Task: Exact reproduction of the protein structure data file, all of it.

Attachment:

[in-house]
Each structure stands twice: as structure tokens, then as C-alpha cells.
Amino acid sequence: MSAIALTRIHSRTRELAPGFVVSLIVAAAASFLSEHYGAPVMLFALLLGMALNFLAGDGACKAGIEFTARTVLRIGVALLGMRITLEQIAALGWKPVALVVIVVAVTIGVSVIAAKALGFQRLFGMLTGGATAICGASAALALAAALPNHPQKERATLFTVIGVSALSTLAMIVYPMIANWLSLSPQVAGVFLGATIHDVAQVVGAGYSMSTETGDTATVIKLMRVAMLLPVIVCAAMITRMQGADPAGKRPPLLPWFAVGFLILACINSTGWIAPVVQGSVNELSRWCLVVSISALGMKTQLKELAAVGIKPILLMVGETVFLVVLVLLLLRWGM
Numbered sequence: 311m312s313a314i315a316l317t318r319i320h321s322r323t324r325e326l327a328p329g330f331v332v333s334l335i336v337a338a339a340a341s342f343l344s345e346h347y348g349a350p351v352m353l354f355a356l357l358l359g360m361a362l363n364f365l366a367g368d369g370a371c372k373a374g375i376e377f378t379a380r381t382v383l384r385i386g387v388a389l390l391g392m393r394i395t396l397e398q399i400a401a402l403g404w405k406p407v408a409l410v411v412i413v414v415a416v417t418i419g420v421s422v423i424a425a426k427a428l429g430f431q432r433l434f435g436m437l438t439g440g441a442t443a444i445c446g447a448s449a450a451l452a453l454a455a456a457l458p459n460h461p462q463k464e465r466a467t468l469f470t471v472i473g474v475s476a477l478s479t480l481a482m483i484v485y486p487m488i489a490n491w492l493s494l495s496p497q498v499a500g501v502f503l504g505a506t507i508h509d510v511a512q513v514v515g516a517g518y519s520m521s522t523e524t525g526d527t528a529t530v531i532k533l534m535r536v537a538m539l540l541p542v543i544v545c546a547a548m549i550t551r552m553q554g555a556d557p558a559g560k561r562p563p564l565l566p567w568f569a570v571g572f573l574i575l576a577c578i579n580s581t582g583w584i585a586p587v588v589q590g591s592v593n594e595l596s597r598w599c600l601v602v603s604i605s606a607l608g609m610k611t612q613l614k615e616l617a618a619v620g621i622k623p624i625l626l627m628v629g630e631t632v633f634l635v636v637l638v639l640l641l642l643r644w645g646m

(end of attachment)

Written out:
[in-house]
Each structure stands twice: as structure tokens, then as C-alpha cells.
Amino acid sequence: MSAIALTRIHSRTRELAPGFVVSLIVAAAASFLSEHYGAPVMLFALLLGMALNFLAGDGACKAGIEFTARTVLRIGVALLGMRITLEQIAALGWKPVALVVIVVAVTIGVSVIAAKALGFQRLFGMLTGGATAICGASAALALAAALPNHPQKERATLFTVIGVSALSTLAMIVYPMIANWLSLSPQVAGVFLGATIHDVAQVVGAGYSMSTETGDTATVIKLMRVAMLLPVIVCAAMITRMQGADPAGKRPPLLPWFAVGFLILACINSTGWIAPVVQGSVNELSRWCLVVSISALGMKTQLKELAAVGIKPILLMVGETVFLVVLVLLLLRWGM
Numbered sequence: 311m312s313a314i315a316l317t318r319i320h321s322r323t324r325e326l327a328p329g330f331v332v333s334l335i336v337a338a339a340a341s342f343l344s345e346h347y348g349a350p351v352m353l354f355a356l357l358l359g360m361a362l363n364f365l366a367g368d369g370a371c372k373a374g375i376e377f378t379a380r381t382v383l384r385i386g387v388a389l390l391g392m393r394i395t396l397e398q399i400a401a402l403g404w405k406p407v408a409l410v411v412i413v414v415a416v417t418i419g420v421s422v423i424a425a426k427a428l429g430f431q432r433l434f435g436m437l438t439g440g441a442t443a444i445c446g447a448s449a450a451l452a453l454a455a456a457l458p459n460h461p462q463k464e465r466a467t468l469f470t471v472i473g474v475s476a477l478s479t480l481a482m483i484v485y486p487m488i489a490n491w492l493s494l495s496p497q498v499a500g501v502f503l504g505a506t507i508h509d510v511a512q513v514v515g516a517g518y519s520m521s522t523e524t525g526d527t528a529t530v531i532k533l534m535r536v537a538m539l540l541p542v543i544v545c546a547a548m549i550t551r552m553q554g555a556d557p558a559g560k561r562p563p564l565l566p567w568f569a570v571g572f573l574i575l576a577c578i579n580s581t582g583w584i585a586p587v588v589q590g591s592v593n594e595l596s597r598w599c600l601v602v603s604i605s606a607l608g609m610k611t612q613l614k615e616l617a618a619v620g621i622k623p624i625l626l627m628v629g630e631t632v633f634l635v636v637l638v639l640l641l642l643r644w645g646m